The holiday season reminds us to be thankful for all we have in our lives. But being grateful goes beyond saying thank you…
Having a gratuitous attitude does the following 5 things:
- Creates good manners
- Promotes a healthy attitude about life
- Creates a healthy mindset
- Helps children appreciate what they have
- Creates a better attitude about school
Below are five tips for helping reinforce the notion of gratitude in your child at home or your students in the classroom…
1. Name Your Blessings
Whether it is at the dinner table or the classroom, take a moment of thanks each day when everyone (the whole family or the entire classroom) can share something they’re thankful for. All it requires is asking a simple question:
“What are you thankful for today?”
They could name anything or anyone from a coach or instructor to a birthday card from a family member to even something material like a favorite toy. This daily tradition helps develop a positive frame of mind and helps students realize the good in their lives, creating a quick and significant shift of attitude.
2. Write Thank-You Notes
Handwritten thank-you notes seem to be a dying art, but they are a perfect way to encourage kids to express gratitude (and as an added bonus, the notes will make the recipient’s day).
While it’s more than appropriate to send notes as a follow-up to birthdays and other special occasions, encourage children to write thank-you notes for the “unsung heroes” in their day-to-day life, such as:
- family members
There are unlimited opportunities throughout the year for children to recognize and thank those who have done something special for them, and it’s a habit that if they start young, they’ll naturally carry throughout life.
3. Encourage Helping Others
The old saying, “It’s better to give than to receive” has stuck around for a reason. It feels great to help others and when children give their time and energy to help others, they’re less likely to take things like health, home, and family for granted.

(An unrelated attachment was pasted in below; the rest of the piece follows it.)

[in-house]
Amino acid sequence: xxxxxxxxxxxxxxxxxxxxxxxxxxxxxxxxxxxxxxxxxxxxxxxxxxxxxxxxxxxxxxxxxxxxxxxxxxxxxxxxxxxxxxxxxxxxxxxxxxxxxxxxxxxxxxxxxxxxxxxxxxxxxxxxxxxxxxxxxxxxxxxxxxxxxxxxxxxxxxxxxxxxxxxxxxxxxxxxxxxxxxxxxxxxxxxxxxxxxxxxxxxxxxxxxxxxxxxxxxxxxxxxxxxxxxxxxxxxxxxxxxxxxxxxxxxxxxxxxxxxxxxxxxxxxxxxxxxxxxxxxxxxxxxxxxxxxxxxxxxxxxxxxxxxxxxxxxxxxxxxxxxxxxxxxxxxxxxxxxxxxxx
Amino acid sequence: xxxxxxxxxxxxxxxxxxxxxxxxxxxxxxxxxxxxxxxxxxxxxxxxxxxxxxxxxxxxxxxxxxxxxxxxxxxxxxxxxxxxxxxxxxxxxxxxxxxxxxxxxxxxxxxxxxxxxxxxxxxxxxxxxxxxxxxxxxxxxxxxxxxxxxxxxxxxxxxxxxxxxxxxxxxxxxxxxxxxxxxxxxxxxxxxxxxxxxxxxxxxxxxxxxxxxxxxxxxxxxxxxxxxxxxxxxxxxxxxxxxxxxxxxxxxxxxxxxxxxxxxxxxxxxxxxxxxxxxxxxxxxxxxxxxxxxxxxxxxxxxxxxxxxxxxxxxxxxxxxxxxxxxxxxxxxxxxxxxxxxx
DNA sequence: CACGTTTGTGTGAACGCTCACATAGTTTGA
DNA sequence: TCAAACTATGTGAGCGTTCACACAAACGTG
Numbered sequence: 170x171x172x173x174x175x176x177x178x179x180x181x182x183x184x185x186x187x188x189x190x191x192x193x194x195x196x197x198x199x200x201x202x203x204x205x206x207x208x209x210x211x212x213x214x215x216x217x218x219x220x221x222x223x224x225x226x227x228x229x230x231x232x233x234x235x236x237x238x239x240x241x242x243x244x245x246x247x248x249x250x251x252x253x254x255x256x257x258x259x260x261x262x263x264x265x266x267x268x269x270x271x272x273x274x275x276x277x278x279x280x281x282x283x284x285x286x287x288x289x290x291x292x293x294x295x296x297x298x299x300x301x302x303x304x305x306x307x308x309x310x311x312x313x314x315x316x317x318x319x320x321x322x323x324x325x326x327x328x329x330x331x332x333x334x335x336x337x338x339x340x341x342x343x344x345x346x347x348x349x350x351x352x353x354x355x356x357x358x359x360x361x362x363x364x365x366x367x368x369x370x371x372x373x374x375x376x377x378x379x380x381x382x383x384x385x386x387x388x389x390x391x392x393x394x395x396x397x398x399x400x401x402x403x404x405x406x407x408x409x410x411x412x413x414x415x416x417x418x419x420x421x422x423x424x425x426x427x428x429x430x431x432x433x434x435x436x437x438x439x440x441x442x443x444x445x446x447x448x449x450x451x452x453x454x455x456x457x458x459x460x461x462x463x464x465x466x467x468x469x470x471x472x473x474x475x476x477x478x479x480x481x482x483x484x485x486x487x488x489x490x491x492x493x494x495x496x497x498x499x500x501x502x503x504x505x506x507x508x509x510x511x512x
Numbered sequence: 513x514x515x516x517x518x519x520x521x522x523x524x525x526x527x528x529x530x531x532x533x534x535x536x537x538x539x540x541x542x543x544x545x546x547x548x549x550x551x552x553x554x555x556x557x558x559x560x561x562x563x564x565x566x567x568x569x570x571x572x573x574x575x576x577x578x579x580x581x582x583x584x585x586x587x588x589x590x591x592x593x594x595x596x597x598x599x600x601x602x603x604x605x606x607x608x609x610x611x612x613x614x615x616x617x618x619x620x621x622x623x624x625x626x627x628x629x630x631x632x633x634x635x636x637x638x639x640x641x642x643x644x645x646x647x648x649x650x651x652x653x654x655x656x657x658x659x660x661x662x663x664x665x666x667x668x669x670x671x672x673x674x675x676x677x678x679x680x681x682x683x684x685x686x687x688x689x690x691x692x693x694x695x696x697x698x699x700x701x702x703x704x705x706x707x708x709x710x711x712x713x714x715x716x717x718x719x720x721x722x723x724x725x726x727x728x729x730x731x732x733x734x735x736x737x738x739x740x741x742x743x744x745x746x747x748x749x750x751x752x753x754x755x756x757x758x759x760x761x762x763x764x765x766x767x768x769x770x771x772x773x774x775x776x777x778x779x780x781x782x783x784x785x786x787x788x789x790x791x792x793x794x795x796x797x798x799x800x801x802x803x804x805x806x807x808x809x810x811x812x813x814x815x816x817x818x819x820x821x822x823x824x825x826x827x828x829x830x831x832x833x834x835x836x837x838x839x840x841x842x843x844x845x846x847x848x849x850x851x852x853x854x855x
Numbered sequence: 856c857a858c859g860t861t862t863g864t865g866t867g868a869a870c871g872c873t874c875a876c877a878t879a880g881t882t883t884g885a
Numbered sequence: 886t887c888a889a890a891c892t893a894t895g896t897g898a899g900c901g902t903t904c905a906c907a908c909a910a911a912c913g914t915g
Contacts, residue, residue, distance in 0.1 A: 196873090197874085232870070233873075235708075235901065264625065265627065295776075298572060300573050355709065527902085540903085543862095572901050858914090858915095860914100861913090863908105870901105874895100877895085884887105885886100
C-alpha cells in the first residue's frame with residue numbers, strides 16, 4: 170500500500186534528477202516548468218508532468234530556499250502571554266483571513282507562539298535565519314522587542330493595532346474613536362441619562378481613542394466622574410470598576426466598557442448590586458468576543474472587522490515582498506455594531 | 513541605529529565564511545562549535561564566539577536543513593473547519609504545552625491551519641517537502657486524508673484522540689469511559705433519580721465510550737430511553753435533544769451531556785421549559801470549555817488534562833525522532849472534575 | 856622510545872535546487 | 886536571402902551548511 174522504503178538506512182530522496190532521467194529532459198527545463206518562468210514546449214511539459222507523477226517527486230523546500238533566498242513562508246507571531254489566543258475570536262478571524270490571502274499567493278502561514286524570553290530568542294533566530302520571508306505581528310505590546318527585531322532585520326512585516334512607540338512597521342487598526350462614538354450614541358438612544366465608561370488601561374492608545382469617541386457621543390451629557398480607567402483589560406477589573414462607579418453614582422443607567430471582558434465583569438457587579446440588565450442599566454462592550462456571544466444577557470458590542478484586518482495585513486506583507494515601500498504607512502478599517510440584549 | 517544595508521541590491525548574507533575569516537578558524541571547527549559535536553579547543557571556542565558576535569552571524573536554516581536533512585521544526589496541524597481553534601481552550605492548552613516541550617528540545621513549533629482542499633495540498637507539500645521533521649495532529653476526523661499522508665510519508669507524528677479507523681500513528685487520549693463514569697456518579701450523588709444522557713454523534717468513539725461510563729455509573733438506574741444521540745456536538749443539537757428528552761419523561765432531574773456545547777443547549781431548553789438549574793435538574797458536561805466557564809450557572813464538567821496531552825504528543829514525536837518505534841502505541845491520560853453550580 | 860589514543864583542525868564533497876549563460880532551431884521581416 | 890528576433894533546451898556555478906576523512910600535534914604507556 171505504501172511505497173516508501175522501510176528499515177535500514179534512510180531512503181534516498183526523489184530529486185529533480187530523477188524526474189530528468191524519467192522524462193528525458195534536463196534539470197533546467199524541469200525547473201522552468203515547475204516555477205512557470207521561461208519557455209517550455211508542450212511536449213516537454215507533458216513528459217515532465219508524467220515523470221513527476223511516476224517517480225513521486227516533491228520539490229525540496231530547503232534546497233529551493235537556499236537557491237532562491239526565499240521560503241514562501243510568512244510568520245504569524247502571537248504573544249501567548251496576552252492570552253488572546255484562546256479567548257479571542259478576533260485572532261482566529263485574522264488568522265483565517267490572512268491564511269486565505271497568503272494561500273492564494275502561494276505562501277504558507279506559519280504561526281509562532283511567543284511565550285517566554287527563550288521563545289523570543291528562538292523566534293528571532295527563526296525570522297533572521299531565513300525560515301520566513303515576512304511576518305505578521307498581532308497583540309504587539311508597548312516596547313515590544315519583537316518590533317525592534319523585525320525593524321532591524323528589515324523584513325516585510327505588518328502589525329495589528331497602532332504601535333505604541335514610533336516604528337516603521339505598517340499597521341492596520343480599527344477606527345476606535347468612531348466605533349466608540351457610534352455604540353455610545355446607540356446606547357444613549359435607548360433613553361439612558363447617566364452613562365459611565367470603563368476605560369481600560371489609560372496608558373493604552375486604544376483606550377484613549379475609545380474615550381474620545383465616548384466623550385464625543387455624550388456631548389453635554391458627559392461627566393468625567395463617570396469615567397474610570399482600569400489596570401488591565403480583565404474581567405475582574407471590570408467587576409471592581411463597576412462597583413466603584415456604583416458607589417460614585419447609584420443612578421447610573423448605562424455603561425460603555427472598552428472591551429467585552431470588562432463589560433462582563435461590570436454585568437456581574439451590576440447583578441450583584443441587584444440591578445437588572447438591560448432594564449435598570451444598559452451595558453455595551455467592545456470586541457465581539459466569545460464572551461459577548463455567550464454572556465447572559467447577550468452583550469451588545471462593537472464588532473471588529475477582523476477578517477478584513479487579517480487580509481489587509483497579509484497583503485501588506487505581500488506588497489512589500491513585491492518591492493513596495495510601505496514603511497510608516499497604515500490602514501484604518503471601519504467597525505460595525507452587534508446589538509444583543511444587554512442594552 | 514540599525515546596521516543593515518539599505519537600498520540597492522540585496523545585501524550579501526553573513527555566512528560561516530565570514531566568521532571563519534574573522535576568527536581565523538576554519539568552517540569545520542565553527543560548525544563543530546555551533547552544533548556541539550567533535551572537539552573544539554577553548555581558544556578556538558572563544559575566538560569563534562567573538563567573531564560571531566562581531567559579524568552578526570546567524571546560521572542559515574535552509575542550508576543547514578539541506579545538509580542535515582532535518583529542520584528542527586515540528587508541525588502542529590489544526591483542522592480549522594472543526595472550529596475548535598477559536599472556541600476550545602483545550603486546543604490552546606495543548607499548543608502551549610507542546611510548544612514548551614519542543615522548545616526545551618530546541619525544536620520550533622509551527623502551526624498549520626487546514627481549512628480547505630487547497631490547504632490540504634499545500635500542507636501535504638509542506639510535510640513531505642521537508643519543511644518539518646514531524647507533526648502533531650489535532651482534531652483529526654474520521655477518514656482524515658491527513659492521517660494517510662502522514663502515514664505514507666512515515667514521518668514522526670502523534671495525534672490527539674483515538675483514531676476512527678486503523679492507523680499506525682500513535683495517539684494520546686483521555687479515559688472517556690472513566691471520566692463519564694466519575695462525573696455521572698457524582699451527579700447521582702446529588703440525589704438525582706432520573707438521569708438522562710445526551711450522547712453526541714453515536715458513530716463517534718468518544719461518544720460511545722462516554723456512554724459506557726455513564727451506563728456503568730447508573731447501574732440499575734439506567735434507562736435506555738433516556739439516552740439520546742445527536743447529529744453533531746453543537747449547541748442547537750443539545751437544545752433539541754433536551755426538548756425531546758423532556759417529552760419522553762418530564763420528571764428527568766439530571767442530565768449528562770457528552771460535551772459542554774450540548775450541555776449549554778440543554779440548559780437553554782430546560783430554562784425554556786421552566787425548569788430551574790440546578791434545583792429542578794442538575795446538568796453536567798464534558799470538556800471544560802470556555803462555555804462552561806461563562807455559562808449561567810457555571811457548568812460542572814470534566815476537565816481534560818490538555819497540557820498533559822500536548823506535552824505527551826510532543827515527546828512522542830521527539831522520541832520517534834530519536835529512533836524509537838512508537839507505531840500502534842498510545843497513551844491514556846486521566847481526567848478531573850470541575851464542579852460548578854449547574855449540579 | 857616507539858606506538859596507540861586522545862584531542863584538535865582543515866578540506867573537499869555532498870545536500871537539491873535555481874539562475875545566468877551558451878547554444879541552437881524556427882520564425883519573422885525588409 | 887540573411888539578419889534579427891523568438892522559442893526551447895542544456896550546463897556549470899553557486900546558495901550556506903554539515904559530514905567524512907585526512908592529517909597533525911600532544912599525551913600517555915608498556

There are plenty of opportunities and outlets to encourage children to help from raking leaves for an elderly neighbor to volunteering at a nursing home a few hours a week to donating old toys and clothes to the less fortunate. You can even make the service an activity for the entire family or classroom.
Most important, be sure to talk about the process with your student and discuss why we care. When children lend a hand, especially while using their strengths, they feel more connected to those they’re helping, which helps them to develop and nurture friendships and social relationships.
4. Teach Respect and Politeness
Often, we put more emphasis on showing respect for bosses, spiritual leaders, and other high-profile people, while forgetting to extend the same courtesy to others. But it is important to model the importance of treating everyone with respect.
When we teach children to treat others with dignity and respect, they’ll be more likely to appreciate the ways in which those people contribute to, and improve, their lives. By the same token, they’ll be less likely to take assistance and kindness for granted and more likely to give it the value it deserves. It’s crucial for family and teachers to model the importance of treating all people with respect.
5. Set the Example
The values our children embrace as they get older aren’t those we nag them into learning, but the ones they see us living out. There are countless opportunities every day for us to model gratitude, for example:
- Thank the waitress when she brings your food
- Thank the cashier who rings you up at the grocery store
- Thank the teller at the bank
- Thank the mailman for bringing your mail each day
- Take out the trash for an elderly neighbor
- Hold the door open for someone
When children see us expressing sincere thanks all the time, they’ll be more inclined to do so as well. And be patient. Children can’t be coaxed into showing appreciation, but your gentle efforts and examples will instill gratitude as a way of life.
Sources include The Center for Parenting Education, GreaterGood.Berkeley.edu, The Huffington Post, PBS, and The Today Show